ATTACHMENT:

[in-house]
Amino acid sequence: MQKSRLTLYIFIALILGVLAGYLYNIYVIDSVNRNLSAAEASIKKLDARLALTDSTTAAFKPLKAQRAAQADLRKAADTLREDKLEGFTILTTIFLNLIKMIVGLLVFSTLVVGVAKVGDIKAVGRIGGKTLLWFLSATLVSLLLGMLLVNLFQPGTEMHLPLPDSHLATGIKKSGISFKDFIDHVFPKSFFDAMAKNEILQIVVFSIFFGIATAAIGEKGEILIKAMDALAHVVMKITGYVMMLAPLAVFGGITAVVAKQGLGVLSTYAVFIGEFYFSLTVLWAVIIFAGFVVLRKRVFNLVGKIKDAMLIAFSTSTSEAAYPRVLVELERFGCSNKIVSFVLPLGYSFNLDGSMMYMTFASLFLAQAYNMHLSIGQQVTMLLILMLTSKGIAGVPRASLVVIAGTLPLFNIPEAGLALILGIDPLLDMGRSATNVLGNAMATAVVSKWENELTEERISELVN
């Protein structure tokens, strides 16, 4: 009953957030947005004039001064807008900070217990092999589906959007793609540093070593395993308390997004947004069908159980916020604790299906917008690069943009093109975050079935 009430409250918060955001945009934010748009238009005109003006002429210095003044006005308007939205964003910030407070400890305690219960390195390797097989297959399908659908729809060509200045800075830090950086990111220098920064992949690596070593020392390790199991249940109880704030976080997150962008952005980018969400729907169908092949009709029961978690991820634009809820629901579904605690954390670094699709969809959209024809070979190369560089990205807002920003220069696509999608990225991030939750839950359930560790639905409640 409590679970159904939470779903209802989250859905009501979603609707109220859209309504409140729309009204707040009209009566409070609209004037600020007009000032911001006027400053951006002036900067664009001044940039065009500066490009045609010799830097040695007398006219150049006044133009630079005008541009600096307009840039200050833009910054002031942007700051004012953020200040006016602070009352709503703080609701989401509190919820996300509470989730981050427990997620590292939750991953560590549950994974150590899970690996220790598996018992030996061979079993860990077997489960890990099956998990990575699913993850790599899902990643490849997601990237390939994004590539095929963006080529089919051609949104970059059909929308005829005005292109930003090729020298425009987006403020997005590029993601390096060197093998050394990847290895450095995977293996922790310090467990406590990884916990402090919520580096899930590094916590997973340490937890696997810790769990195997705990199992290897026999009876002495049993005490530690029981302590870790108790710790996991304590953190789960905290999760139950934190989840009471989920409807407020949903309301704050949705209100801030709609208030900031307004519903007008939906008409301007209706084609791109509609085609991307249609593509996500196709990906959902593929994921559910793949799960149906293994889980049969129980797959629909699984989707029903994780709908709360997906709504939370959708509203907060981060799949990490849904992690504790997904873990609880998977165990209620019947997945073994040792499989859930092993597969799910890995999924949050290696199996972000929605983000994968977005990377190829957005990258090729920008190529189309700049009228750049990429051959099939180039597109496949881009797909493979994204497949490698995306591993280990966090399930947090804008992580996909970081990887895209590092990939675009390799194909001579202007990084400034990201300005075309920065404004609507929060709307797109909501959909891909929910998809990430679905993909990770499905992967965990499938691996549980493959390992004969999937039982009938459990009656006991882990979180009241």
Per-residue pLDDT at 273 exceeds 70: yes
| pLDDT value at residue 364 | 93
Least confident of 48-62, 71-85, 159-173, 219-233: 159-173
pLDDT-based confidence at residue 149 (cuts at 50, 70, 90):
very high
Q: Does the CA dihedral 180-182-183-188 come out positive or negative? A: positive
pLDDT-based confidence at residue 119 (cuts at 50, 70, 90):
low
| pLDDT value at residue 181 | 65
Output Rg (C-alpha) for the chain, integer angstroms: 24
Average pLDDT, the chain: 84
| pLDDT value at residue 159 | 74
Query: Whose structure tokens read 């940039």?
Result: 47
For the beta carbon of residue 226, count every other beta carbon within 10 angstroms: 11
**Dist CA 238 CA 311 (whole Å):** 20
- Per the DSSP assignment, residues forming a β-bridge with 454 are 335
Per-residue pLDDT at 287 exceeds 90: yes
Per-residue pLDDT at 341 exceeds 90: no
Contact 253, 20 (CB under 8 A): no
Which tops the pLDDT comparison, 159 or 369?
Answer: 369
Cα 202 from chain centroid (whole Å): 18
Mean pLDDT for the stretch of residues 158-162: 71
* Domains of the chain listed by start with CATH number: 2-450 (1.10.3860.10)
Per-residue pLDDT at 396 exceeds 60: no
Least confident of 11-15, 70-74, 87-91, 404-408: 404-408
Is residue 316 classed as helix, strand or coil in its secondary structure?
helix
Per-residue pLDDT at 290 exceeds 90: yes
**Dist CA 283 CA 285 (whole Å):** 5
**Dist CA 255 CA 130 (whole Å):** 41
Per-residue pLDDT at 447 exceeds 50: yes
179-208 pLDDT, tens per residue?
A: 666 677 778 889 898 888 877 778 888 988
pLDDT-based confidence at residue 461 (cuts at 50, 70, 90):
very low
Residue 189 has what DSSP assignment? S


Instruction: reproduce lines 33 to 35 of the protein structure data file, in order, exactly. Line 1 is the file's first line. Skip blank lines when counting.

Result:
Per-residue pLDDT at 290 exceeds 90: yes
**Dist CA 283 CA 285 (whole Å):** 5
**Dist CA 255 CA 130 (whole Å):** 41